Psychology in urban design


Have you ever walked down a street and felt that you just loved that experience but was unable to figure out what was it in particular that made you like the street. Well, the new tool at University of Waterloo, Canada can analyse that for you by using three-dimensional visualization or photo realistic simulations and physiological sensors to explore human behaviour. In these experiments, through motion tracking the body and minds of participants are analysed by measuring heart beats, brainwaves and other nervous systems.

The university has created a laboratory for different virtual urban setting, which can be arranged and rearranged on computer. This is very advantageous to experiment the details within an urban realm. One of the experiments was conducted to study the impacts of different layouts and streetscapes of cities like Manhattan, Canberra and London. The results showed that organized spaces were stereotyped and efficient whereas chaotic spaces felt more hectic and longer. Such experiments can be very valuable to test urban design spaces in response to the ever-changing dynamics of the city and will be based on sound principles of psychology and neuroscience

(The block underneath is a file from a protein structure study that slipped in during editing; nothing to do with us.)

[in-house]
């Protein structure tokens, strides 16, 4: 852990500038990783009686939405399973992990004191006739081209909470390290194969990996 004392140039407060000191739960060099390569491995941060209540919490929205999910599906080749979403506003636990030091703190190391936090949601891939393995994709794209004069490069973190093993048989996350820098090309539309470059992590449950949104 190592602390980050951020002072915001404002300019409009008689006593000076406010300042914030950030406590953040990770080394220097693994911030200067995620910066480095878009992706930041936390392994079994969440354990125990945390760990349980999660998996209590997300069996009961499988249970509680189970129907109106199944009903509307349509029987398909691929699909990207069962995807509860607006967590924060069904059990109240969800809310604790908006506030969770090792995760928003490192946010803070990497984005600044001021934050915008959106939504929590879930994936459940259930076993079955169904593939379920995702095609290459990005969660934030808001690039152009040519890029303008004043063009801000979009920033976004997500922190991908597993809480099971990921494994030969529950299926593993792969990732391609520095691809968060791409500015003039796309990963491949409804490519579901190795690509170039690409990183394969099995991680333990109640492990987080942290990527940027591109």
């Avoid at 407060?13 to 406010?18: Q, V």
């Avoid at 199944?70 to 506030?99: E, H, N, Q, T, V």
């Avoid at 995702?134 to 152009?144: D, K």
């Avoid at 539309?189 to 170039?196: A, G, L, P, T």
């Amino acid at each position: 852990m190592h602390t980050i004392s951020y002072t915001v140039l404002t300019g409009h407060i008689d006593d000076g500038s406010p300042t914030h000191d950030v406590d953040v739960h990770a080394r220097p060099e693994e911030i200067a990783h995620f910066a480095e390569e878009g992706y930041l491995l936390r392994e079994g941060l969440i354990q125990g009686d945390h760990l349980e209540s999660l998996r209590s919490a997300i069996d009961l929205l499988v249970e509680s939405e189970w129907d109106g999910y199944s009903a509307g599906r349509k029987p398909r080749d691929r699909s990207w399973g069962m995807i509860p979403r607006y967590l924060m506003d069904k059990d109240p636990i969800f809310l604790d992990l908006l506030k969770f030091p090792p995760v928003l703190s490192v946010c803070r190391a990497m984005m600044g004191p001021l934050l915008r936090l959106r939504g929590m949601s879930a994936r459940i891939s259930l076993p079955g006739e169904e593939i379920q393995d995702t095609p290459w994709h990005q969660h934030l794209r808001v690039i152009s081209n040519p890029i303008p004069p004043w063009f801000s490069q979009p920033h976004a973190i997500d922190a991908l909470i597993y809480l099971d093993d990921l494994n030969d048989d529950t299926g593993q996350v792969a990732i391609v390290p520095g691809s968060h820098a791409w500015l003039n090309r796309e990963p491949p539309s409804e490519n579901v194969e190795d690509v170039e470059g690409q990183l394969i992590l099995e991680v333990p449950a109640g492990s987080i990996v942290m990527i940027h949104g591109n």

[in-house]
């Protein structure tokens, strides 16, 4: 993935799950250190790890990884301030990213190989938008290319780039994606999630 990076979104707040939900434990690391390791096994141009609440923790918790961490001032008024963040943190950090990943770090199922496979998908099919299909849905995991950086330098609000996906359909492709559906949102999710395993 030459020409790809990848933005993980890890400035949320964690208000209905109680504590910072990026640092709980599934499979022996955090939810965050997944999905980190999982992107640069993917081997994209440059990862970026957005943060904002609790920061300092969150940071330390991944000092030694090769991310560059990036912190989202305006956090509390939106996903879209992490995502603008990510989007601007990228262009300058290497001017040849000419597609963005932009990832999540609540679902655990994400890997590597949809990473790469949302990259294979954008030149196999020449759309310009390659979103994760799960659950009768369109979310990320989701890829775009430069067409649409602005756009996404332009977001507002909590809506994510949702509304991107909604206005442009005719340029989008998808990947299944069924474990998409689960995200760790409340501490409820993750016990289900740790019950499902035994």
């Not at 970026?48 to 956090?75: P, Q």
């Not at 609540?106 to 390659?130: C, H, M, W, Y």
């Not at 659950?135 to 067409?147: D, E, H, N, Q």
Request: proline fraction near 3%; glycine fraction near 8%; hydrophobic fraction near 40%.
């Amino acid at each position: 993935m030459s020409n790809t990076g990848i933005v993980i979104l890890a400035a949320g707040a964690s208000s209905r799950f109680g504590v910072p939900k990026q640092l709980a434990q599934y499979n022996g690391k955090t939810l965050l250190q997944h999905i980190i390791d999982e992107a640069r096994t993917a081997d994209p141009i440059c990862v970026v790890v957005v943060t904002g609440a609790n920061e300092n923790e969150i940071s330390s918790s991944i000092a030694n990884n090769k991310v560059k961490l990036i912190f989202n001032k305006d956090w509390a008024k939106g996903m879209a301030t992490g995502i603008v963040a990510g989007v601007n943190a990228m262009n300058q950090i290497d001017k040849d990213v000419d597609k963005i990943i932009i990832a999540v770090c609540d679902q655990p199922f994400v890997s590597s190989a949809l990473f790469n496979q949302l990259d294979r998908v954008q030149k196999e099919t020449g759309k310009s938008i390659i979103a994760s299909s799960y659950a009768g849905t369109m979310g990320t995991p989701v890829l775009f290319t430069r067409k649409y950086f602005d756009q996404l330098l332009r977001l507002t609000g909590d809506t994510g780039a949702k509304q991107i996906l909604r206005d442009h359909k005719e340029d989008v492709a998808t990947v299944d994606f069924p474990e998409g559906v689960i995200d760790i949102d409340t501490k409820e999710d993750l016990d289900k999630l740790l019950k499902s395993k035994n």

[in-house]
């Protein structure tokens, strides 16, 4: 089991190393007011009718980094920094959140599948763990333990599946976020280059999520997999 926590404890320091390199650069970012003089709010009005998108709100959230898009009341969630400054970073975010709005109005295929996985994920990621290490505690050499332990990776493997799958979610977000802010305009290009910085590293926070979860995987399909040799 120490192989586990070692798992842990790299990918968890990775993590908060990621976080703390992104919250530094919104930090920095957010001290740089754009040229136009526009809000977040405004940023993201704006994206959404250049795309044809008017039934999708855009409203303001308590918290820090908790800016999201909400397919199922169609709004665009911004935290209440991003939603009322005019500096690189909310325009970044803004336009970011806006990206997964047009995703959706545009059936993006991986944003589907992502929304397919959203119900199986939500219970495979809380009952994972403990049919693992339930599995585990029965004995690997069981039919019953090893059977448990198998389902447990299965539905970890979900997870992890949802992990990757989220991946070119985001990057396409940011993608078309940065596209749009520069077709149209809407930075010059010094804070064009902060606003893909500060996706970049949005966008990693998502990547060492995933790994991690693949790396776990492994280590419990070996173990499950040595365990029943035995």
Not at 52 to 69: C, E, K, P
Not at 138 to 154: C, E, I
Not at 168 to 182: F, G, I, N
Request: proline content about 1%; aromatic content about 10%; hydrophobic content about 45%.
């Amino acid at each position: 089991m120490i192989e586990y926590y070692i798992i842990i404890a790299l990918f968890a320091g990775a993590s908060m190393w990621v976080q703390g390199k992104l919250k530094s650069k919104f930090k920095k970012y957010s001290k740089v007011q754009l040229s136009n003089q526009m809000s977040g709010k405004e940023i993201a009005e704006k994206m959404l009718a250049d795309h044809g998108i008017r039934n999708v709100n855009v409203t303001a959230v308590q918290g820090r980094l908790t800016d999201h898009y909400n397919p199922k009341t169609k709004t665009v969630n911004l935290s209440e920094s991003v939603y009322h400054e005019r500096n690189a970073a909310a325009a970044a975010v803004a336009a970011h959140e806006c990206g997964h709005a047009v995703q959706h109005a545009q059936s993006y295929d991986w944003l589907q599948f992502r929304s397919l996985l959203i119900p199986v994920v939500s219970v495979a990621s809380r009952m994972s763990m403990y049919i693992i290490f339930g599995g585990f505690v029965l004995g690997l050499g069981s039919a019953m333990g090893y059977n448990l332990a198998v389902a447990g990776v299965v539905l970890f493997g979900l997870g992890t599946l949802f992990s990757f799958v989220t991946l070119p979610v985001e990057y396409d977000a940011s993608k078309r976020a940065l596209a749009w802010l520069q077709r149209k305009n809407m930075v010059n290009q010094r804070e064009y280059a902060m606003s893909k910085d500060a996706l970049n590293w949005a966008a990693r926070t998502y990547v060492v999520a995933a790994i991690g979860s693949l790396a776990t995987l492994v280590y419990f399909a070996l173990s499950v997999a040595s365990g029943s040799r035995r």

As it is known fact that green spaces make people more relaxed and happy, this tool goes one step beyond and can be used to explore what aspects of these spaces are more effective than others. One of the challenges for this tool can be a need to understand the details involved in urban realm and managing the transition from a laboratory space to developing more real spaces.

Read more here.


Popular Posts